Peikoff's legacy consists of four parts: the intellectual, the institutional, the personal, and the cultural. Let's examine each in turn.
1. Intellectual. As the foremost expositor of orthodox Objectivism, Peikoff can lay claim to being the most influential proponent of Objectivism other than Rand herself. And while his additions to the Objectivism have been extremely limited and modest (due to "closed" view of Rand's philosophy), he has exercised at least some influence on what parts of Objectivism are to be emphasized. Whereas Peikoff's rival, David Kelley, has a tendency for emphasizing the most plausible and least troublesome aspects of Objectivism, Peikoff has demonstrated a talent for emphasizing and making less plausible the worst parts of Rand's thought. Indeed, Peikoff made a speciality of that very portion of Objectivism that is furtherest from reality: Rand's "philosophy of history," which consists little more than wishful thinking mixed with bad history and even worse philosophical exegesis. Rand's views on history were supposed to supply special insights on the future course of history not accessible to those of us who rely on our own wits, rather than the dubious conceptual schemes of intellectual triflers like Rand or Peikoff. These special insights are what allowed Peikoff to insist that Republicans were the biggest threat to American freedom (because their underlying ideology was based on religion), whereas the Democrats were nearly harmless (because leftists ideologies were moribund and empty). Assuming with Rand that ideology and philosophy, rather than human nature and institutional incentives, determines the course of history, Peikoff insisted that anyone who didn't agree with his eccentric views on politics didn't understand Objectivism.
That was in 2006. In just a couple of years, all of Peikoff's speculations about Democrats and Republicans were proved entirely baseless. What Peikoff calls "socialism" (i.e., extensive welfare state, extensive government regulation coupled with distrust, dislike of free markets), far from being dead, had merely been dormant, waiting for a chance to thrive once more in the sun of financial disasater and Republican incompentence. Peikoff was wrong about the whole ideology thing. He mistook popular effusions of radical leftist ideology, which can come off as disparate and unserious, with the more deeper substratum of sentiments and interests that drive political elites.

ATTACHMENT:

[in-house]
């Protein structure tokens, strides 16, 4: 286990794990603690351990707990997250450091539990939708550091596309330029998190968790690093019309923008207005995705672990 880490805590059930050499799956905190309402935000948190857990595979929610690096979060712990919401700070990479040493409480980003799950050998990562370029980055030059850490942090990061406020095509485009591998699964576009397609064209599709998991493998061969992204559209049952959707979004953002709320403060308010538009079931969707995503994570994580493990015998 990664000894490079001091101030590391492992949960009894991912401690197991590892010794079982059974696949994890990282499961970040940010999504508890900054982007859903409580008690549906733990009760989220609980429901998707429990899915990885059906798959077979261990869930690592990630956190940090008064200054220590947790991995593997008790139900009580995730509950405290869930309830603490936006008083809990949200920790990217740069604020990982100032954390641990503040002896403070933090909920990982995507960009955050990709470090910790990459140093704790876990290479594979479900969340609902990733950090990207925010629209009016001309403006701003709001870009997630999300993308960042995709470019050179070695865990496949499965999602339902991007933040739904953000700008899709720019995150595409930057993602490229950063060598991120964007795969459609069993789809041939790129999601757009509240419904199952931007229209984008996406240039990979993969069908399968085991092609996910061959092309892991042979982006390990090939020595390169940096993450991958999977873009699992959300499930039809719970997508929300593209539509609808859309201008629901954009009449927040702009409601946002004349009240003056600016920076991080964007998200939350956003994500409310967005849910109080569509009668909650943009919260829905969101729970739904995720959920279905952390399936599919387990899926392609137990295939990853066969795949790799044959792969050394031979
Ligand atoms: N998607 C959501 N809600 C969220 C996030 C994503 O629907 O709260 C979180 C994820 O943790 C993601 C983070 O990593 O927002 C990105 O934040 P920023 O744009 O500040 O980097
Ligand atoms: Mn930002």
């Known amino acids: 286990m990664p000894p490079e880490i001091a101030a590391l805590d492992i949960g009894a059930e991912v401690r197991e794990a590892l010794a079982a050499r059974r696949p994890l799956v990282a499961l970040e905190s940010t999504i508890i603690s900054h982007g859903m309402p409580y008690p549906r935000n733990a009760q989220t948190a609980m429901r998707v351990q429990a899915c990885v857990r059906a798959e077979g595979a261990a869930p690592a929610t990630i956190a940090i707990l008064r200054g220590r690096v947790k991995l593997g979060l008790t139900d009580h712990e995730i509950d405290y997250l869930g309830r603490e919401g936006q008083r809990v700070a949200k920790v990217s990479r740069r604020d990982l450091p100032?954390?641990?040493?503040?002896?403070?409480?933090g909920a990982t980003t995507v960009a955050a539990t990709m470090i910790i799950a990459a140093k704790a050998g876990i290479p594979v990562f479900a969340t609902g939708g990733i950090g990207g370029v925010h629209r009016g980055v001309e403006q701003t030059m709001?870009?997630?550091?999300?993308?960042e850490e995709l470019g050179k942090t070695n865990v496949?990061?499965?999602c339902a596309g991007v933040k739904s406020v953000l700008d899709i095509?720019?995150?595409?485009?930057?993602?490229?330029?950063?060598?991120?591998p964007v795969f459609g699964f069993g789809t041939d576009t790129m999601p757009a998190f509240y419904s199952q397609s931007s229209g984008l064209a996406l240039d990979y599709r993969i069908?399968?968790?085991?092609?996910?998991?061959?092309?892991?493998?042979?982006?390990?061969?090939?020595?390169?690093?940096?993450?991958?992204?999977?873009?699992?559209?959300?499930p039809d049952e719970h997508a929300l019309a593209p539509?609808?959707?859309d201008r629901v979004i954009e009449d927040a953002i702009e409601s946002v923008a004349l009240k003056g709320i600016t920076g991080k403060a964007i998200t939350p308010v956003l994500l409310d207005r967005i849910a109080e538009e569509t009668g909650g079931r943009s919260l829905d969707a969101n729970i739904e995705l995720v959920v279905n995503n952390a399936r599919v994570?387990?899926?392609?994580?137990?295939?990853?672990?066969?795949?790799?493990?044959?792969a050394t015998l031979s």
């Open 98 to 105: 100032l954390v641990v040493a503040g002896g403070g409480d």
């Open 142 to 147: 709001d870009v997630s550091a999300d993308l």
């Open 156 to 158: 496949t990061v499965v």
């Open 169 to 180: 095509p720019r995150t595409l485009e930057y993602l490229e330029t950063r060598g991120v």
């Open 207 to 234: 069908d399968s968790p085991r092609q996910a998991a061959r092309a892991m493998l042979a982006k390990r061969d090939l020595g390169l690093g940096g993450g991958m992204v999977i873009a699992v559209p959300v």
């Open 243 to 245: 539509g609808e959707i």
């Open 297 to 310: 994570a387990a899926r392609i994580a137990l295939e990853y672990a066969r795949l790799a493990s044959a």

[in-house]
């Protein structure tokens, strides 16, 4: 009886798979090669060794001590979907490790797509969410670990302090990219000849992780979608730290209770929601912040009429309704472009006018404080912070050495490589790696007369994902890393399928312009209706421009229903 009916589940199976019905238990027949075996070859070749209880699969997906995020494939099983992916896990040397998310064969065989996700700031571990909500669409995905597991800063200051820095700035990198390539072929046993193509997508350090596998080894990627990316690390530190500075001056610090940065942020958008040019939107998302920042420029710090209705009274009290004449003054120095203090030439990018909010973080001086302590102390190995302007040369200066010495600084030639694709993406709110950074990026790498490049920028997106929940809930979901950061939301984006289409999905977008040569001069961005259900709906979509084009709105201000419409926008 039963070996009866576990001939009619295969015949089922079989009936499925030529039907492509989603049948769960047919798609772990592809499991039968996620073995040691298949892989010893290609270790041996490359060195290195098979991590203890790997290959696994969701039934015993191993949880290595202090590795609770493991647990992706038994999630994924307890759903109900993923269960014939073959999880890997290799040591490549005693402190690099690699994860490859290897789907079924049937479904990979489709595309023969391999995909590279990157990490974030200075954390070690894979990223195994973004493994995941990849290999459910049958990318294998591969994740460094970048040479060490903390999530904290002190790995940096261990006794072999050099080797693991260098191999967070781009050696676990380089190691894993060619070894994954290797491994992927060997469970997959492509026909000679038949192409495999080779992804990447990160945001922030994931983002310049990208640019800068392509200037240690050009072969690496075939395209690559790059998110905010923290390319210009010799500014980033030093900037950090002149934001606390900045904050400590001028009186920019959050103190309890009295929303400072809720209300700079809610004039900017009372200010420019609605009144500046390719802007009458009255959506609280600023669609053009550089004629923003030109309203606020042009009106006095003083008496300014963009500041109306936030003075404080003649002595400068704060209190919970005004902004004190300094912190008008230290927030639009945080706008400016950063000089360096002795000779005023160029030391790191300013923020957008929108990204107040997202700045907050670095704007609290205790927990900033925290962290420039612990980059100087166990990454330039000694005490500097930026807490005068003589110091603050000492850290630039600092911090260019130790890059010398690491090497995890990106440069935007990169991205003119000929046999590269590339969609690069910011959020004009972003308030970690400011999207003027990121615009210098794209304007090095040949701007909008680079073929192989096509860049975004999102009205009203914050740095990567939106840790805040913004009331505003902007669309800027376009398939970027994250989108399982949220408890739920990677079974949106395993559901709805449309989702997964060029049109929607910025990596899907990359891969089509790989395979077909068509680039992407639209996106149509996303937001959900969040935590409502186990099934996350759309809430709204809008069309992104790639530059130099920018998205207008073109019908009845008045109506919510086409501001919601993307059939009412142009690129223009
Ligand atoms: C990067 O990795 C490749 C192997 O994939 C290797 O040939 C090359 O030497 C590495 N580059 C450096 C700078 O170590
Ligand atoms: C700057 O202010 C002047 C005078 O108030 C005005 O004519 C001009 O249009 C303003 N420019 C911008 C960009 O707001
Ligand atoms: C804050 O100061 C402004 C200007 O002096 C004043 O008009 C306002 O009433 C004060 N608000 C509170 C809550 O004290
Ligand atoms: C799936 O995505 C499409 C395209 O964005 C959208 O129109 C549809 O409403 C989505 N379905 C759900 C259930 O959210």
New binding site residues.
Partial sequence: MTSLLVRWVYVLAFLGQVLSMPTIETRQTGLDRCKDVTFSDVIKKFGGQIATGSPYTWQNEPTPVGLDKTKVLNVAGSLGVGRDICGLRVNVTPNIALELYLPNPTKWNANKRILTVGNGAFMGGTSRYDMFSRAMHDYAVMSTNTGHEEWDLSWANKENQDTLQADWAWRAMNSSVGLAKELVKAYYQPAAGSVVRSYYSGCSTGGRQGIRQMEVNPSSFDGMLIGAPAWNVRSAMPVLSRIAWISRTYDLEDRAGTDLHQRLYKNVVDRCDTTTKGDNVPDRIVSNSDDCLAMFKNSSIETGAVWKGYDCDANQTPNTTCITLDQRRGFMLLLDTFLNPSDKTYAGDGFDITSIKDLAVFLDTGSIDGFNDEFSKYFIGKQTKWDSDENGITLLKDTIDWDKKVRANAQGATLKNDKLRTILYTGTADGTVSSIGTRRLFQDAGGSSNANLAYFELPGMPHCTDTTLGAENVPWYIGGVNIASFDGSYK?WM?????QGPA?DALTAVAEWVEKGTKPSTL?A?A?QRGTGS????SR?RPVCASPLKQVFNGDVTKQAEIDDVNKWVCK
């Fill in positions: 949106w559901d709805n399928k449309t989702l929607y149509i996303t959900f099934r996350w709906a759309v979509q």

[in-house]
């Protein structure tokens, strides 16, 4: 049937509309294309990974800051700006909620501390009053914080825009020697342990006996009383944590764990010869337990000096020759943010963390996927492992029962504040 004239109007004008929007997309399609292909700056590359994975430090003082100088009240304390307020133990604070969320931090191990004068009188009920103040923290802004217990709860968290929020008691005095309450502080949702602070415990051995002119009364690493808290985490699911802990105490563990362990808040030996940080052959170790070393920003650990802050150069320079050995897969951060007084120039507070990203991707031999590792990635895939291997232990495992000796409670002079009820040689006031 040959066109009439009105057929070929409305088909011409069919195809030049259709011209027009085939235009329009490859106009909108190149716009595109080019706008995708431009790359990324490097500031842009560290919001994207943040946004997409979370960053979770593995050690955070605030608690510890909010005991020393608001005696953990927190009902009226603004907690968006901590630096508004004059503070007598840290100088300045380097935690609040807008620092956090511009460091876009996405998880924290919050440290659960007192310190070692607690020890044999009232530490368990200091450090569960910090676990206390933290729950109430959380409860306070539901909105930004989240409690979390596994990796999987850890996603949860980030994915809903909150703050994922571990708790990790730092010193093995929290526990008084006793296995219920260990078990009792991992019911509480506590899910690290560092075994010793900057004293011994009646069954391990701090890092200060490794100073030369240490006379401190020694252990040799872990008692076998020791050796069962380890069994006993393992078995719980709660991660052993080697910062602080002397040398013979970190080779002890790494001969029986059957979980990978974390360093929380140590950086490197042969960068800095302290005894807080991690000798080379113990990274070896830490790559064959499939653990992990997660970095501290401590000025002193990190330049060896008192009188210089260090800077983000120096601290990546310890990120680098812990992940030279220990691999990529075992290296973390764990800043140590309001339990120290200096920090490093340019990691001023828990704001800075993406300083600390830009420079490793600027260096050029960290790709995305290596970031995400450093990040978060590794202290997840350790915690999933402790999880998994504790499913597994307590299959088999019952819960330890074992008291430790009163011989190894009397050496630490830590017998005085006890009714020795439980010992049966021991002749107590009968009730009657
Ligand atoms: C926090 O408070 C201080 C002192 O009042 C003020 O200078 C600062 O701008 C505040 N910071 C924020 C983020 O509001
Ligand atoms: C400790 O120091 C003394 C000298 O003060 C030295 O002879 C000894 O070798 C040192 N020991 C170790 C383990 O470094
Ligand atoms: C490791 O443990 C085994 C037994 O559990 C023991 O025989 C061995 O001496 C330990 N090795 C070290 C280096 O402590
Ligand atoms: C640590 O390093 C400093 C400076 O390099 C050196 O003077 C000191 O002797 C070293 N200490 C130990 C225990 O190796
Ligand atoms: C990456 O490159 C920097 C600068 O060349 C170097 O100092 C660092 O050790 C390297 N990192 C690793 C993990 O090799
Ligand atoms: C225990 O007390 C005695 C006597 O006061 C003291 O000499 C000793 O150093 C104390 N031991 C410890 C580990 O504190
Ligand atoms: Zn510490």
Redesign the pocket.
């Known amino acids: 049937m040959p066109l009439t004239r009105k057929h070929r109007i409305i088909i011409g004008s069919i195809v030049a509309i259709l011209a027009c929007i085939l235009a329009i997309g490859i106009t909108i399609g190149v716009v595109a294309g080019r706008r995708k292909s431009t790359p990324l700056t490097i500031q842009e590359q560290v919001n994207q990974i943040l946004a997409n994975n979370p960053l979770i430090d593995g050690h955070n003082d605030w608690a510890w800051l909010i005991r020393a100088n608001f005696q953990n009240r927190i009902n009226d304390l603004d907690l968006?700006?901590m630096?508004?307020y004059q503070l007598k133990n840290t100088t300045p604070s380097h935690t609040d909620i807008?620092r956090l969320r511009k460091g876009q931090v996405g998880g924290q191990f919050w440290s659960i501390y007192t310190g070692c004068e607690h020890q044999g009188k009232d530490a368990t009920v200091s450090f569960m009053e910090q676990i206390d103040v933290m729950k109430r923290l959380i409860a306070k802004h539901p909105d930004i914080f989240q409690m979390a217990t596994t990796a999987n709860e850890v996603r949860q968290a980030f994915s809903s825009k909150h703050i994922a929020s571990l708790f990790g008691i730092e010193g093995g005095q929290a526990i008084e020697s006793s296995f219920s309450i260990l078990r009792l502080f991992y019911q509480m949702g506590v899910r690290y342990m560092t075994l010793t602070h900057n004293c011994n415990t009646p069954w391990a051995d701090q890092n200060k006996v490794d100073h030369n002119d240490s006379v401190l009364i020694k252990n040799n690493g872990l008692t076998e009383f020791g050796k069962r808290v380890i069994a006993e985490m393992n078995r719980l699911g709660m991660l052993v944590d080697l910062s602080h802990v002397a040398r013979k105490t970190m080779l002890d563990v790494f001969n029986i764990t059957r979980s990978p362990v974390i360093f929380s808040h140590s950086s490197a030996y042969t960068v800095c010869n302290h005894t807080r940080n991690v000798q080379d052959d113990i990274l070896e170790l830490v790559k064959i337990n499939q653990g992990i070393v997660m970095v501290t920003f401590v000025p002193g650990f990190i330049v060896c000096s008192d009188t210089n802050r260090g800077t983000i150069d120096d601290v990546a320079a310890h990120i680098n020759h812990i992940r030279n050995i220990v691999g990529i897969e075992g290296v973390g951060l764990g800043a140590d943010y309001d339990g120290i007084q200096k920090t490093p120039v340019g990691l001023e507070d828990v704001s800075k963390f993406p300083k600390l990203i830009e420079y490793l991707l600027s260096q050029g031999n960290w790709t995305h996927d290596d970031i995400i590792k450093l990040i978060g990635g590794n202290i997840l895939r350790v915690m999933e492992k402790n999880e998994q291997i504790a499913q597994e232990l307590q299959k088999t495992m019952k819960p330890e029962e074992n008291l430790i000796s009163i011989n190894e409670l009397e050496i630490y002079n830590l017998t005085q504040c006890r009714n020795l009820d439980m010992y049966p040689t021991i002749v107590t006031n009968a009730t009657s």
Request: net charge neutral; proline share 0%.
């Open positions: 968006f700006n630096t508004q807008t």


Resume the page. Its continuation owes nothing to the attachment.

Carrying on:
Peikoff has also presented himself as an expert in another one of the more dubious areas of Rand's thought, the Objectivist epistemology. Here Peikoff, with the help of the amusing but none too credible David Harriman, attempted to interpret science on the basis of metaphysical constructs. The results, while not as blatantly embarrassing as his political prognostications, still left a deep stain on Objectivism's credibility. Consider the following, lifted from a Peikoff lecture:
Philosophy certainly has a veto power over any subject if it violates principles established philosophically. So, if Heisenberg says for instance in the principle of uncertainty that causality is a myth or has been overturned on the subatomic level, you can throw out Heisenberg's theory on that grounds alone. And the same is true for the idea of something proceeding out of nothing. In other words, that is something proceeding causelessly, because there was nothing before it and it violates the very meaning of nothing. Nothing is nothing, it has no potentiality, there is no there to become. It simply is the book of Genesis rewritten by people who are entirely within the philosophy of religion and want to posture as scientists.
Now, if you consult Dave Harriman's course, you will see that quantum mechanics, the theory of everything, string theory, is riddled with contradictions and is arbitrary, 'cause it reflects the corrupt epistemology dominant in the intellectual world. So you cannot decide that that is the standard by which to judge philosophy. Put it another way – science is not what scientists say. Science is what scientists say if they use a rational methodology, but scientists, even in their capacity as holding chairs at universities, can be – and a great many of them are – as irrational, dishonest and corrupt as in any other field.